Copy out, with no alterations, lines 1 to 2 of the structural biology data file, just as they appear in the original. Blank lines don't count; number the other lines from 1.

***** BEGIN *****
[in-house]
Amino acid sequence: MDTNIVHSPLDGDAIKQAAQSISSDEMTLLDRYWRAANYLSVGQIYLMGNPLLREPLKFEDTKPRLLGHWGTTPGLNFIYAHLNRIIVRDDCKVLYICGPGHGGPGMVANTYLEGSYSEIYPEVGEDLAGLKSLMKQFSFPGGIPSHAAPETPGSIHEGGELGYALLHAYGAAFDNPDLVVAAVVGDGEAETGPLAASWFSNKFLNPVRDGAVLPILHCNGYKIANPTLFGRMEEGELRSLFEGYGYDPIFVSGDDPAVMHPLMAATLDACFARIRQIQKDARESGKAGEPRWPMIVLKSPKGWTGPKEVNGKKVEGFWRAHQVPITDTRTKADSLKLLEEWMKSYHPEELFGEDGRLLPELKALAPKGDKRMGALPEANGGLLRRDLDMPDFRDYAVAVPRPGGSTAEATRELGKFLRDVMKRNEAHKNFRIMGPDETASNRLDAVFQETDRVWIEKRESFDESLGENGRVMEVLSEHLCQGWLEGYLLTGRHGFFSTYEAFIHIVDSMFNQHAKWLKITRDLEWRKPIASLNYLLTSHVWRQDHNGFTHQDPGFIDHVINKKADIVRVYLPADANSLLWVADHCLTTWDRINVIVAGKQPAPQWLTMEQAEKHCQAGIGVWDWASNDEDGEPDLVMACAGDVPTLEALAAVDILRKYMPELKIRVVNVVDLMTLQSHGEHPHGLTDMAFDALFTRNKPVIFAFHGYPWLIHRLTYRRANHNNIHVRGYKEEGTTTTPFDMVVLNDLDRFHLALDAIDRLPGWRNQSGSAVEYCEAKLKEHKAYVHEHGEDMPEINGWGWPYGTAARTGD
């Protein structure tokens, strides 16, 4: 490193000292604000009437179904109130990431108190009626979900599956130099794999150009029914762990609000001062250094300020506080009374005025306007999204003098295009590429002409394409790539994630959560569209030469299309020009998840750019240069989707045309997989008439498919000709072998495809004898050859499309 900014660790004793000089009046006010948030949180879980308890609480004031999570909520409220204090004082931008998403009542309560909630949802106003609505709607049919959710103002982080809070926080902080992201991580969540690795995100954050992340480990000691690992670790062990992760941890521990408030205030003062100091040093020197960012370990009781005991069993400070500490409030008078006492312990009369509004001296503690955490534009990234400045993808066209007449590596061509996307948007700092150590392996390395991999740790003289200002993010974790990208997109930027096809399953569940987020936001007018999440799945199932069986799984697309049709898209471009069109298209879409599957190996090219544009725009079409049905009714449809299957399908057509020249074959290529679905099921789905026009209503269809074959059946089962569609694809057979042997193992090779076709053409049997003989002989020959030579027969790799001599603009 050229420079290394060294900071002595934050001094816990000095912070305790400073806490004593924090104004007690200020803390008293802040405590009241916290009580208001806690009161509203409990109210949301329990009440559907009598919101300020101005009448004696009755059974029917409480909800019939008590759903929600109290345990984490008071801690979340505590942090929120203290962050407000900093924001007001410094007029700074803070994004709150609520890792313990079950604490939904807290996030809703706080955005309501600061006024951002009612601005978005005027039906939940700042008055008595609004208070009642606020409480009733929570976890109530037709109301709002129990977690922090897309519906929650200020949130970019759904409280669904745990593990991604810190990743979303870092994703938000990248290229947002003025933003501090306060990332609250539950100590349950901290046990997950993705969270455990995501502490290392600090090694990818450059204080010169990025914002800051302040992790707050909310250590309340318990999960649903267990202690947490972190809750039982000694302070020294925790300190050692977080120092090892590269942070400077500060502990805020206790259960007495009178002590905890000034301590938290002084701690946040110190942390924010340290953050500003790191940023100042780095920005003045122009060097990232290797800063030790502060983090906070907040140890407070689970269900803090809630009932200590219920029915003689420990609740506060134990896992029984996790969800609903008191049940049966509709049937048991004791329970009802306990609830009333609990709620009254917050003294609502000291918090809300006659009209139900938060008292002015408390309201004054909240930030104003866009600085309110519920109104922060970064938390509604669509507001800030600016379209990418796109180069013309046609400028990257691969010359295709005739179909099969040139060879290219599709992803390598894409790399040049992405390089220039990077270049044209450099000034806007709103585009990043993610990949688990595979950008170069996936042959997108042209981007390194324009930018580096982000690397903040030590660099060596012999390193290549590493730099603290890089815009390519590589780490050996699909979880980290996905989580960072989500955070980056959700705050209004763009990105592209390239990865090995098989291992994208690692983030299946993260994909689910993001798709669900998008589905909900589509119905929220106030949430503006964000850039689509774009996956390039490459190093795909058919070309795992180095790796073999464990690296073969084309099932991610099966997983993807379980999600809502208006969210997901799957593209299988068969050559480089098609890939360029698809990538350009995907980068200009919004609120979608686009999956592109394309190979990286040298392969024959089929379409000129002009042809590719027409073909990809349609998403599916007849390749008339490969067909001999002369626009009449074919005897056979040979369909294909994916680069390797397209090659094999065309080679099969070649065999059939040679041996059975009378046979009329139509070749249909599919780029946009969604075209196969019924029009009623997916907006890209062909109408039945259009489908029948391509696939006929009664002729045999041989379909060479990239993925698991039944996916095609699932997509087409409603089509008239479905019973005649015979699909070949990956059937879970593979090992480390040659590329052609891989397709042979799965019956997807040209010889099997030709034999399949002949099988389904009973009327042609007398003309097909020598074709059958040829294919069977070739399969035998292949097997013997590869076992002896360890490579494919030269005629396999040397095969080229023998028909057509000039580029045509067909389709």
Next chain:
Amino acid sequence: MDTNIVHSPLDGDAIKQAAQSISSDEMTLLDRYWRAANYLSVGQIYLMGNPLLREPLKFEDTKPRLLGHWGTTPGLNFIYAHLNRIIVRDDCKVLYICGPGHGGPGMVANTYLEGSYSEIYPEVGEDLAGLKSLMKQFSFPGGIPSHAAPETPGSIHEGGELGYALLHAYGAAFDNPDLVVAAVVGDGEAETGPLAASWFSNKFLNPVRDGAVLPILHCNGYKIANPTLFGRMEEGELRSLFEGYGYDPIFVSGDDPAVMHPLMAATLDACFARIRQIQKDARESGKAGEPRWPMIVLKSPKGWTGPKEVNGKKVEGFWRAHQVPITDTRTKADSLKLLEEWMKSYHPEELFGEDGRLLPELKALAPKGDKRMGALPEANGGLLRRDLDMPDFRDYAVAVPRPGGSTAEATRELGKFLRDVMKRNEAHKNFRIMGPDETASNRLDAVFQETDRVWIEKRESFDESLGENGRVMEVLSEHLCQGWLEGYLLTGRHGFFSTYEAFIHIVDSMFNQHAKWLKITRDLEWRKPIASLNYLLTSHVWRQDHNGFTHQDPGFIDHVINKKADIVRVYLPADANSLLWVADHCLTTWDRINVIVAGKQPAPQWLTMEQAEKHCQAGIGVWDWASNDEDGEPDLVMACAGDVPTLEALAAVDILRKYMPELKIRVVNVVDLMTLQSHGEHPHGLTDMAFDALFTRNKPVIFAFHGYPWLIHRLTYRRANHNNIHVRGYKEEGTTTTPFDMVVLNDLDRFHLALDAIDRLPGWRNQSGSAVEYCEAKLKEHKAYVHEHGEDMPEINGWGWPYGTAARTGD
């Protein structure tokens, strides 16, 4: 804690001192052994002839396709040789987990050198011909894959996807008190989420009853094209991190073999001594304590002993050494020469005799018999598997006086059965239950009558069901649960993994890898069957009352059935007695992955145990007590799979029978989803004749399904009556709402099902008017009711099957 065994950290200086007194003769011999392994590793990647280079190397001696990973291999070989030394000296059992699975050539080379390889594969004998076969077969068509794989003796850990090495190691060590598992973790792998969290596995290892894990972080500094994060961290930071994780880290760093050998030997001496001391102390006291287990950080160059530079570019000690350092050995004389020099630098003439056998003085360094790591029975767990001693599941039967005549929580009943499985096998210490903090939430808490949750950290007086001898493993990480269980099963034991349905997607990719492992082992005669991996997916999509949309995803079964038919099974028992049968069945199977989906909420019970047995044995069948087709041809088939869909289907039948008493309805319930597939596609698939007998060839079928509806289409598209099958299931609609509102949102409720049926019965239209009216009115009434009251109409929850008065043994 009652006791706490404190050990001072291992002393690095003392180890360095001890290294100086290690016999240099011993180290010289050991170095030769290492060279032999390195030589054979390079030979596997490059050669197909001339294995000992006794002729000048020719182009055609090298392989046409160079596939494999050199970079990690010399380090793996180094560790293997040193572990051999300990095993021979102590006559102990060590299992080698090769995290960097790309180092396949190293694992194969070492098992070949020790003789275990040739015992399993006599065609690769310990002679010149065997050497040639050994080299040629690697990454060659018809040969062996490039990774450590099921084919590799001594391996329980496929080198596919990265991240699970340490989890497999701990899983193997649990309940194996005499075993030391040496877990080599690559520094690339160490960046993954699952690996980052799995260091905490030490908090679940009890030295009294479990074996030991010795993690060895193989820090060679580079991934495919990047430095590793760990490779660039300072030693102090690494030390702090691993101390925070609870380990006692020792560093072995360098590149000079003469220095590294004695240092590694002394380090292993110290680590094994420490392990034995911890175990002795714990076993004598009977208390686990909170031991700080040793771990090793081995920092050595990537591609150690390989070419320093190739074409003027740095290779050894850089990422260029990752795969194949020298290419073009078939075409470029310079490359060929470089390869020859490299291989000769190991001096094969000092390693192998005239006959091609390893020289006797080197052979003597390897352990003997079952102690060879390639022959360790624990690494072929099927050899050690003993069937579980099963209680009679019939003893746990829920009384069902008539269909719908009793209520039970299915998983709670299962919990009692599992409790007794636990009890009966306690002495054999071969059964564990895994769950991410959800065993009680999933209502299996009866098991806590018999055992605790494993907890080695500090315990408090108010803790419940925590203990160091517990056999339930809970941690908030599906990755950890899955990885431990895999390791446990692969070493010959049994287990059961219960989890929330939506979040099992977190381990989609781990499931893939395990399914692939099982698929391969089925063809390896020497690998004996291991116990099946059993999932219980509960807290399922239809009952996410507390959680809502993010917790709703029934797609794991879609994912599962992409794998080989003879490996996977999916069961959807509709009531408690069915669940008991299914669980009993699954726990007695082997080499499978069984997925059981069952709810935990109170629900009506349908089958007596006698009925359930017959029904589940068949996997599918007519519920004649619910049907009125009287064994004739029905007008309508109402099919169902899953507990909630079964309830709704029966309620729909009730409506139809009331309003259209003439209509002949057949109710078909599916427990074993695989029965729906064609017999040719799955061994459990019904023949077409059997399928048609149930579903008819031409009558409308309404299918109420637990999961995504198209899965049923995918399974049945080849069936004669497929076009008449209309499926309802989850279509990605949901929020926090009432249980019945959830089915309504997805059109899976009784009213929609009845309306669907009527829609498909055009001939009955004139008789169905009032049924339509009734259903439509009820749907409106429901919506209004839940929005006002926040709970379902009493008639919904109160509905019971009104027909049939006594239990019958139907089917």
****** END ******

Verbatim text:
[in-house]
Amino acid sequence: MDTNIVHSPLDGDAIKQAAQSISSDEMTLLDRYWRAANYLSVGQIYLMGNPLLREPLKFEDTKPRLLGHWGTTPGLNFIYAHLNRIIVRDDCKVLYICGPGHGGPGMVANTYLEGSYSEIYPEVGEDLAGLKSLMKQFSFPGGIPSHAAPETPGSIHEGGELGYALLHAYGAAFDNPDLVVAAVVGDGEAETGPLAASWFSNKFLNPVRDGAVLPILHCNGYKIANPTLFGRMEEGELRSLFEGYGYDPIFVSGDDPAVMHPLMAATLDACFARIRQIQKDARESGKAGEPRWPMIVLKSPKGWTGPKEVNGKKVEGFWRAHQVPITDTRTKADSLKLLEEWMKSYHPEELFGEDGRLLPELKALAPKGDKRMGALPEANGGLLRRDLDMPDFRDYAVAVPRPGGSTAEATRELGKFLRDVMKRNEAHKNFRIMGPDETASNRLDAVFQETDRVWIEKRESFDESLGENGRVMEVLSEHLCQGWLEGYLLTGRHGFFSTYEAFIHIVDSMFNQHAKWLKITRDLEWRKPIASLNYLLTSHVWRQDHNGFTHQDPGFIDHVINKKADIVRVYLPADANSLLWVADHCLTTWDRINVIVAGKQPAPQWLTMEQAEKHCQAGIGVWDWASNDEDGEPDLVMACAGDVPTLEALAAVDILRKYMPELKIRVVNVVDLMTLQSHGEHPHGLTDMAFDALFTRNKPVIFAFHGYPWLIHRLTYRRANHNNIHVRGYKEEGTTTTPFDMVVLNDLDRFHLALDAIDRLPGWRNQSGSAVEYCEAKLKEHKAYVHEHGEDMPEINGWGWPYGTAARTGD